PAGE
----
It seems to me, there is some important information here about ways in which duplicati can fail, but I’m not sure I understand things correctly: So, let’s assume we have a flawless backup archive and we now go ahead and randomly delete one dblock file. What happens?

  1. Whenever the backup job runs, it will fail, i.e. it will no longer backup anything, right?
  2. Duplicati will issue a message (BTW: why is this only a “message”, not a warning or an error?) complaining that it can’t find that file and is registering it as “missing remote file” (as reported in OP)
  3. Duplicati will issue one of those red error messages, advising us to repair the local database
  4. If we run repair, nothing changes (backup still fails) Why? Because
  1. If we run recreate and repair, nothing changes -> why? Same reason as above?
  2. Last resort: use the purge-broken-files option. But that doesn’t work either because

Conclusion: the random deletion of a single file in the backup renders the entire backup unusable, not only for restore but even for any further backup. Is that correct??

Bonus questions:

  1. If we had not tried to recreate our database in step 5, it would be possible to use purge-broken-files?
  2. If we had used purge-broken-files, the backup would run again, but what would be the consequences of the purge? Obviously some files/versions? Would be missing from the backup? I suppose the exact damage depends strongly on what happened to be in the deleted dblock file (if it contained chunks that were used (referenced) a lot, the damage will be bigger than if it was a unique chunk used only once, right?
  3. Now, what happens if the file(s) affected (i.e. which will disappear from the backup) still exist locally. Will Duplicati back them up again and everything will be back in order?

#12

I believe restore direct from destination would still work, it would just be slower as it would need to download dindex files to know what dblock files contained what blocks.

It would restore everything it could and, I believe, put empty blocks in files that had parts stored in the missing dblock.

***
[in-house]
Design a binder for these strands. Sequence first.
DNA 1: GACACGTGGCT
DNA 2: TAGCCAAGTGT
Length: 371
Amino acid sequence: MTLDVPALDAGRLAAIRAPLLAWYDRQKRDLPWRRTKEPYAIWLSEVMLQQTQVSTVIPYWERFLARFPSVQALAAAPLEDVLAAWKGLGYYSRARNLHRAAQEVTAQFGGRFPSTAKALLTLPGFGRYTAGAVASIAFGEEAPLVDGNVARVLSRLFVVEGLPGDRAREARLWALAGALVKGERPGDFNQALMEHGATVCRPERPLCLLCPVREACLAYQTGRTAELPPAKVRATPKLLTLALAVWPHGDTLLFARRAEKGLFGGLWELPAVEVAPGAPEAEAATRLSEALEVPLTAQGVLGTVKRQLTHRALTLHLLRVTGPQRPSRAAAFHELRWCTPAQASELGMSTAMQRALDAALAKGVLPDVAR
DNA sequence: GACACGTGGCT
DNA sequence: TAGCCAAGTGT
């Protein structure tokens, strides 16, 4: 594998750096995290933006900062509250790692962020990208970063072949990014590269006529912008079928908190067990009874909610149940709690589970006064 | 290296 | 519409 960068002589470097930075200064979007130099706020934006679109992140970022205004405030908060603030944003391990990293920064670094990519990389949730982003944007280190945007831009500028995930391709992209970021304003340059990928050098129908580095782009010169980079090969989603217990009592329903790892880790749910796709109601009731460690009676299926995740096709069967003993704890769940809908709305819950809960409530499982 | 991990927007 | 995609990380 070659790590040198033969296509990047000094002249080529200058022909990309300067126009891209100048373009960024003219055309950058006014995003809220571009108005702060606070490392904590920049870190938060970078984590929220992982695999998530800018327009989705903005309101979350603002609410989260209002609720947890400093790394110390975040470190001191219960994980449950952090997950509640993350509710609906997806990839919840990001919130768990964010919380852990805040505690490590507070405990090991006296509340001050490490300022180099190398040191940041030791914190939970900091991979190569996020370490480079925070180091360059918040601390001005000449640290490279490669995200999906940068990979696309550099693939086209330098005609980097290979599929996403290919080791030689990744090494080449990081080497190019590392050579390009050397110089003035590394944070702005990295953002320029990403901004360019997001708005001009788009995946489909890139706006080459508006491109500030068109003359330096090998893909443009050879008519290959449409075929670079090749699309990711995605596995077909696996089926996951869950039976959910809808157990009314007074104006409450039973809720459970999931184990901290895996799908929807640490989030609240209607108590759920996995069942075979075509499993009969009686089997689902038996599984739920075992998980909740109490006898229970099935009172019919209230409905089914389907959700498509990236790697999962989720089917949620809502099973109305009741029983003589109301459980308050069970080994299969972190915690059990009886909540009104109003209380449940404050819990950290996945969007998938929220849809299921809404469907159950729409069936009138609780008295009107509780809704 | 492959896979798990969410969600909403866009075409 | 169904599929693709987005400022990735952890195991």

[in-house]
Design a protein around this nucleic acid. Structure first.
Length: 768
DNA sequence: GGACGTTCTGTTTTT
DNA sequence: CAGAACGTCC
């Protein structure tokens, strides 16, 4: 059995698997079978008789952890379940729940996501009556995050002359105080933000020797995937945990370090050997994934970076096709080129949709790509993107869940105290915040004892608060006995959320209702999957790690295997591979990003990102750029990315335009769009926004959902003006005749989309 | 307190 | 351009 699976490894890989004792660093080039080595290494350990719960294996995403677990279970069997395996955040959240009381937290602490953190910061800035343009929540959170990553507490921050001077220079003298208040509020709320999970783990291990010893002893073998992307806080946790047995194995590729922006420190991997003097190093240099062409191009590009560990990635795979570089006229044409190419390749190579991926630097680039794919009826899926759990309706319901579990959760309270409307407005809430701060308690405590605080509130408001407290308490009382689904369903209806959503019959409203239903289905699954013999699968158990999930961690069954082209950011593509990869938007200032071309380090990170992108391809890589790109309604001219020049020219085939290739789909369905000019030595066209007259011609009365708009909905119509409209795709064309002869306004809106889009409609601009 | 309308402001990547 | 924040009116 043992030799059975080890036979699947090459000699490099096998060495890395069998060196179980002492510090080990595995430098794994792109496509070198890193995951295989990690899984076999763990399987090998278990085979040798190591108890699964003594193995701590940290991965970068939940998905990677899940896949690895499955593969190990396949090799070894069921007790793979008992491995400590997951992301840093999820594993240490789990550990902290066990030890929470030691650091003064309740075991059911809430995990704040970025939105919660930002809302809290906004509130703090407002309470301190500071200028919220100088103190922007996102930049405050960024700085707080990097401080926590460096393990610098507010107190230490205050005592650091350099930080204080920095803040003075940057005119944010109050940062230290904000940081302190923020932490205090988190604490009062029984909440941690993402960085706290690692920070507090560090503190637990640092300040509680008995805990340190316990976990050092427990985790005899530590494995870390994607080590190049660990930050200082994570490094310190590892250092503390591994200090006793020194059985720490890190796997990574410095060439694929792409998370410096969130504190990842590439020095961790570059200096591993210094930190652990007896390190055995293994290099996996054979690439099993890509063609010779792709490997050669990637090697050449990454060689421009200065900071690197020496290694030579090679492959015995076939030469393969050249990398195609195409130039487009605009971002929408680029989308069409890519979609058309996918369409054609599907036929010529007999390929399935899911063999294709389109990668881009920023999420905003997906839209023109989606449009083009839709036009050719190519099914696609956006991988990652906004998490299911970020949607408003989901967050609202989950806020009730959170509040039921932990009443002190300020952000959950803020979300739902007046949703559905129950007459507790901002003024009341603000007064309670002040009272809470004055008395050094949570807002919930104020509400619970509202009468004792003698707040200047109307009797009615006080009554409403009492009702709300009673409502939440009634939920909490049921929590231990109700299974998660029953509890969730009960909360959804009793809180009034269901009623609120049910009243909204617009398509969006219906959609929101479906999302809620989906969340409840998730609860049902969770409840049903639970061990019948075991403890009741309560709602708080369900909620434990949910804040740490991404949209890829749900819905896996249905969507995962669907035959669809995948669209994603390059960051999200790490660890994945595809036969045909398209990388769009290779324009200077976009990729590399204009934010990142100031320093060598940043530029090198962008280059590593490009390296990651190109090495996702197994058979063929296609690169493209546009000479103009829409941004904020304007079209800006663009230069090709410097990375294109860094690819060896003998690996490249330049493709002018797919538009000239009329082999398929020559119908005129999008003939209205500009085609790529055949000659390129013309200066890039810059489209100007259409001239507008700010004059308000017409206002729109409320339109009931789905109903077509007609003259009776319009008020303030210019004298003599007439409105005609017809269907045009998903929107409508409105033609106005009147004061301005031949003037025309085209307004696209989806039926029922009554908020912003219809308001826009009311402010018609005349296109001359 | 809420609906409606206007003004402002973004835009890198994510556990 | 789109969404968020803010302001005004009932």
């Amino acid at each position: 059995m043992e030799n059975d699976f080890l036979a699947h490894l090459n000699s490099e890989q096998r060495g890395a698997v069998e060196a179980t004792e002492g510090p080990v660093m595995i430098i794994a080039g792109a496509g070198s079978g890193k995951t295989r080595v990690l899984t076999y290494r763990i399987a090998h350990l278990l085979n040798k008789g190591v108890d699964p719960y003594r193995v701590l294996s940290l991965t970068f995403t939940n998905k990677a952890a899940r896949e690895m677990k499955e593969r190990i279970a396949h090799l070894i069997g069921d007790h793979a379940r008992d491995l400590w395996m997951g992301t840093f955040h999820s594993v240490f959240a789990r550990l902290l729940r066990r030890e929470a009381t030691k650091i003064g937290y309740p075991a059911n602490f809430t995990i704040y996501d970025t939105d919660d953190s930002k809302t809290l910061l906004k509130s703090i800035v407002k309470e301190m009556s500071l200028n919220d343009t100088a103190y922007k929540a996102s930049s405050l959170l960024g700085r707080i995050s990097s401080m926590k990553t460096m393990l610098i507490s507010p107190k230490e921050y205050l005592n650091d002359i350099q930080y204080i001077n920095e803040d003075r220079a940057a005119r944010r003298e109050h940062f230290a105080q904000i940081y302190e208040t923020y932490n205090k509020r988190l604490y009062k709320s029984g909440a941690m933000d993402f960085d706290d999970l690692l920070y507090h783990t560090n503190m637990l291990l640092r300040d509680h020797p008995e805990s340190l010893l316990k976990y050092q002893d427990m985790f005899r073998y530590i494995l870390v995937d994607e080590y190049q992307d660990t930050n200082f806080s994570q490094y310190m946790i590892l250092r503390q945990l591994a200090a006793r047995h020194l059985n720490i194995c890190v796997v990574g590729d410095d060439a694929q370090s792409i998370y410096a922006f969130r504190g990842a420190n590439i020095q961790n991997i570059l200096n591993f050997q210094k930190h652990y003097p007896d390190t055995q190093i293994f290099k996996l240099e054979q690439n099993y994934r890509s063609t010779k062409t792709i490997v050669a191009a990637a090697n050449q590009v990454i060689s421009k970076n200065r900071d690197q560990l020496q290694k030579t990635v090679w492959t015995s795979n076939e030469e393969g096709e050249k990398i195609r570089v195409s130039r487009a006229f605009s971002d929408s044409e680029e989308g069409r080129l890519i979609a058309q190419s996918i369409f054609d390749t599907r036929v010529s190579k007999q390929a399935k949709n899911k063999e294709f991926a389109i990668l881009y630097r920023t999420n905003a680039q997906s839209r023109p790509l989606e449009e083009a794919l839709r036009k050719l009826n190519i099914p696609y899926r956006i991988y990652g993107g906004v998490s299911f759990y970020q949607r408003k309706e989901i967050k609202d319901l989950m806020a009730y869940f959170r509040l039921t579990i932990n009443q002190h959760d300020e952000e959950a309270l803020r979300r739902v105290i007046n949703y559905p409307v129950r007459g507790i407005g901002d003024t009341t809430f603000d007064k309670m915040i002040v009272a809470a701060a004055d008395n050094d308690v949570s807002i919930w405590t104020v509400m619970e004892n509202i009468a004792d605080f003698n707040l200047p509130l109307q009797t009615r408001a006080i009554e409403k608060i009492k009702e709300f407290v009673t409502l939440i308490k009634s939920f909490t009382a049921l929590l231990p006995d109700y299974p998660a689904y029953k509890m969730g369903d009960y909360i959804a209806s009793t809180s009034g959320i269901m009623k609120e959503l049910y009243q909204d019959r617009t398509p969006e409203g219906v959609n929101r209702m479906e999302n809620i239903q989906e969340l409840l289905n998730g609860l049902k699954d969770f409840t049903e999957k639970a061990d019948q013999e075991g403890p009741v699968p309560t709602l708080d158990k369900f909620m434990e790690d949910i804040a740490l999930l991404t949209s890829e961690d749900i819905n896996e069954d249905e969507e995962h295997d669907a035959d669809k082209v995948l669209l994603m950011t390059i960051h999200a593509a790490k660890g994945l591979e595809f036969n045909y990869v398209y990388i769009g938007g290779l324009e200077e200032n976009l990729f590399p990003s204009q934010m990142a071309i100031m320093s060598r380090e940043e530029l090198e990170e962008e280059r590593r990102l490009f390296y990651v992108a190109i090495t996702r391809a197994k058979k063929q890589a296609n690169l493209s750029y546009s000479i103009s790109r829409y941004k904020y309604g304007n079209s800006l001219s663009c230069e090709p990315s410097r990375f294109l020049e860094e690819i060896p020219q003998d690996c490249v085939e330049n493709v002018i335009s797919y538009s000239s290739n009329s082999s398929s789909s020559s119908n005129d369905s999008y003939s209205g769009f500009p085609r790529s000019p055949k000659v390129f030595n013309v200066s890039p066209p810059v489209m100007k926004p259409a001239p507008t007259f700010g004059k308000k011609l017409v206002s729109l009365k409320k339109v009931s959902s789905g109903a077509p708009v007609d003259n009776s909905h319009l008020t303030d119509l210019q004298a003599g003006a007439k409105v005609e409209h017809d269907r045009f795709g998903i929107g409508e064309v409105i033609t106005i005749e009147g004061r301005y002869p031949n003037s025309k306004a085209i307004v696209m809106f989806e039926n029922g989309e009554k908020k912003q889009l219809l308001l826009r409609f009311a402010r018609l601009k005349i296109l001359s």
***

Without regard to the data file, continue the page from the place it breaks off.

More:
#13

If that is the case, then I don’t understand why duplicati can handle the missing file in one place but not in another.


#14

Dealing with a missing file as part of a restore is simply restoring empty blocks where the missing data is. But when trying to do a backup when there is a missing file decisions would have to be made about how to handle the missing data - should it be rebuild from the current data (if the file still exists)? What if multiple versions of a file were in a single archive, should they be re-populated with current data or left as empty? Stuff like that is what makes an automatic handling, while trying to add data, difficult.

I don’t recall if it was tried or not but I’d guess that adding --no-backend-verification might allow you to continue doing backups without dealing with the missing archive file.

Of course as @kenkendk mentioned using --list-broken-files to see what would be removed by a --purge-broken-files command would resolve the outstanding issues. Unfortunately, it wouldn’t work for the OP because not only are there missing destination files but also a partially recreated local database, so there’s no longer a fully valid reference point to use for trying to reconstruct data.

I haven’t really looked into it but ideally I would think this particular situation could be avoided / reduced by making repair (or delete and repair) be disallowed (or at least verified) when destination files are missing.


#15

Yes, but you should not do that. You have no idea what data will be missing when you try to restore.

That is because you should not continue a backup on a broken foundation. If you were to do that, it is possible that you would not be able to restore the files you think you have backed up (if one chunk is shared between multiple files, and that chunk happens to be missing, all future backups will think the chunk is there and not upload it).

For restore, it still sucks if you are missing a chunk (or possibly a lot), but restoring will still give you “as much as possible”. The alternative would be to refuse restoring if there were errors, which seems mean :speak_no_evil:.


#16

2 posts were split to a new topic: Frequent “registering a missing remote file” errors